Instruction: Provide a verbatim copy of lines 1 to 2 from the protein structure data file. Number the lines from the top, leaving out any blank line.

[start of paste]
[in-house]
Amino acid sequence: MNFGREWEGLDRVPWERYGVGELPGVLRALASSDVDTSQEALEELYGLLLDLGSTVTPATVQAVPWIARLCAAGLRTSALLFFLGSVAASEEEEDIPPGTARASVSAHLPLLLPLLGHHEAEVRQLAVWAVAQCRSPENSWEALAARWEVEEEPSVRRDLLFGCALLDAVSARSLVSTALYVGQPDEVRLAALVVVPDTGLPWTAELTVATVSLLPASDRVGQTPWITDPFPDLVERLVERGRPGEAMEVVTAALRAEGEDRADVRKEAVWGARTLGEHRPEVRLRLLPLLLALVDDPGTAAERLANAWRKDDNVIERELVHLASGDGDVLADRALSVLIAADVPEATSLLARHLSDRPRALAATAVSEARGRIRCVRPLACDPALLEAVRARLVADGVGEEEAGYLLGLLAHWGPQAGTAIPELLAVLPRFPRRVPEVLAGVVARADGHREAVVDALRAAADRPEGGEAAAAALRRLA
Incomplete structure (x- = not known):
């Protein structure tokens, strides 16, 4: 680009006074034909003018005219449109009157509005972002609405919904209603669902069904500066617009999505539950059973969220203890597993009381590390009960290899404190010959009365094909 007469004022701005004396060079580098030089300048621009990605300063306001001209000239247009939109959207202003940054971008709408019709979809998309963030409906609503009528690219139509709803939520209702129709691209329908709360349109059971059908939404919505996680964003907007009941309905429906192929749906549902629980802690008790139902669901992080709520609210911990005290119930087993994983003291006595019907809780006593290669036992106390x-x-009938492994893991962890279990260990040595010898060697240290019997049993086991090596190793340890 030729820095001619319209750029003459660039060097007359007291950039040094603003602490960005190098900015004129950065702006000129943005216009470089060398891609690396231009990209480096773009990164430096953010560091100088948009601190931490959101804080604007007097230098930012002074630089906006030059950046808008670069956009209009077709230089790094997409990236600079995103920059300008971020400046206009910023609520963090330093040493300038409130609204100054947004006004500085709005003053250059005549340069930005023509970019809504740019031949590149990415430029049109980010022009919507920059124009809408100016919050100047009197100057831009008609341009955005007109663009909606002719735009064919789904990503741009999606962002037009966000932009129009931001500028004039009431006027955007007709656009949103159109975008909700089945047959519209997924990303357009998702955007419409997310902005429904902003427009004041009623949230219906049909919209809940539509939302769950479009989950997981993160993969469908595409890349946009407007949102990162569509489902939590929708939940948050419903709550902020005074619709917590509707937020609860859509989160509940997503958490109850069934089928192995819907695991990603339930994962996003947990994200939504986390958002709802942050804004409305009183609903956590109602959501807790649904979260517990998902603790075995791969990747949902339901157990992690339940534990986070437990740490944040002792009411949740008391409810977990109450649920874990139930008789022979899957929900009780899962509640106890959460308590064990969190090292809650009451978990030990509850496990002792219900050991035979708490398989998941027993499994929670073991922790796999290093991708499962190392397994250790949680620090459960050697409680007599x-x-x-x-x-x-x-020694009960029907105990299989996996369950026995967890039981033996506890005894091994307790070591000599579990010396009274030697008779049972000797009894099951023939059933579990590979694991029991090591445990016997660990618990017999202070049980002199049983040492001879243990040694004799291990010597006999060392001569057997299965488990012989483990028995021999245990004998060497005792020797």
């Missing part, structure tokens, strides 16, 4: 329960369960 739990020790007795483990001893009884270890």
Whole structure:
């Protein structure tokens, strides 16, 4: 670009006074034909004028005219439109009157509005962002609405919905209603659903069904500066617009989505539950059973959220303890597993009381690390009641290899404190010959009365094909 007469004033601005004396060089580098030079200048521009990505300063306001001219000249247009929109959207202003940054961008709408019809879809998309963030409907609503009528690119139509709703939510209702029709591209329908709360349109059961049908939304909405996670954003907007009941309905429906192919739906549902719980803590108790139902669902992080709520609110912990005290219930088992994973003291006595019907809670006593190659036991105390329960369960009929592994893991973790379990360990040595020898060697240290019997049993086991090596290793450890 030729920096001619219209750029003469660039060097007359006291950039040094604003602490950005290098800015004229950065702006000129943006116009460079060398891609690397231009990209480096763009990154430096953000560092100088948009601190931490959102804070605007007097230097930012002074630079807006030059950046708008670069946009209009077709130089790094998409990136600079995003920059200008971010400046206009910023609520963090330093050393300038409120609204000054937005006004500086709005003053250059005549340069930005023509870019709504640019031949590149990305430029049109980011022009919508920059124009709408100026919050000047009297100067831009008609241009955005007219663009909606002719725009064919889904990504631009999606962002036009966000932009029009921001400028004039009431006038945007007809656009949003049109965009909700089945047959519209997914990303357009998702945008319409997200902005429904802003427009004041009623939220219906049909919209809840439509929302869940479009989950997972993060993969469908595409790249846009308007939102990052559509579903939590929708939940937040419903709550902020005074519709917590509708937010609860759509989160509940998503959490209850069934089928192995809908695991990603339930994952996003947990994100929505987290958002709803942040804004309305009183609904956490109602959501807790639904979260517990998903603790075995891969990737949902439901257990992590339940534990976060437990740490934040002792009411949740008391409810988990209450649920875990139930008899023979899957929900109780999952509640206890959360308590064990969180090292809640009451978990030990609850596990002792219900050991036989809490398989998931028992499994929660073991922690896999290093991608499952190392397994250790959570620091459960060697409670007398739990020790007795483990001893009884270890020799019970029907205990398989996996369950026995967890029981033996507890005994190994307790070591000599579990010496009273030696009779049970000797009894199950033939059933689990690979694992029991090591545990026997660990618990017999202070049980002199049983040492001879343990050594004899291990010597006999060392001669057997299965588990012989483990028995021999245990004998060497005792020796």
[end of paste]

[in-house]
Amino acid sequence: MNFGREWEGLDRVPWERYGVGELPGVLRALASSDVDTSQEALEELYGLLLDLGSTVTPATVQAVPWIARLCAAGLRTSALLFFLGSVAASEEEEDIPPGTARASVSAHLPLLLPLLGHHEAEVRQLAVWAVAQCRSPENSWEALAARWEVEEEPSVRRDLLFGCALLDAVSARSLVSTALYVGQPDEVRLAALVVVPDTGLPWTAELTVATVSLLPASDRVGQTPWITDPFPDLVERLVERGRPGEAMEVVTAALRAEGEDRADVRKEAVWGARTLGEHRPEVRLRLLPLLLALVDDPGTAAERLANAWRKDDNVIERELVHLASGDGDVLADRALSVLIAADVPEATSLLARHLSDRPRALAATAVSEARGRIRCVRPLACDPALLEAVRARLVADGVGEEEAGYLLGLLAHWGPQAGTAIPELLAVLPRFPRRVPEVLAGVVARADGHREAVVDALRAAADRPEGGEAAAAALRRLA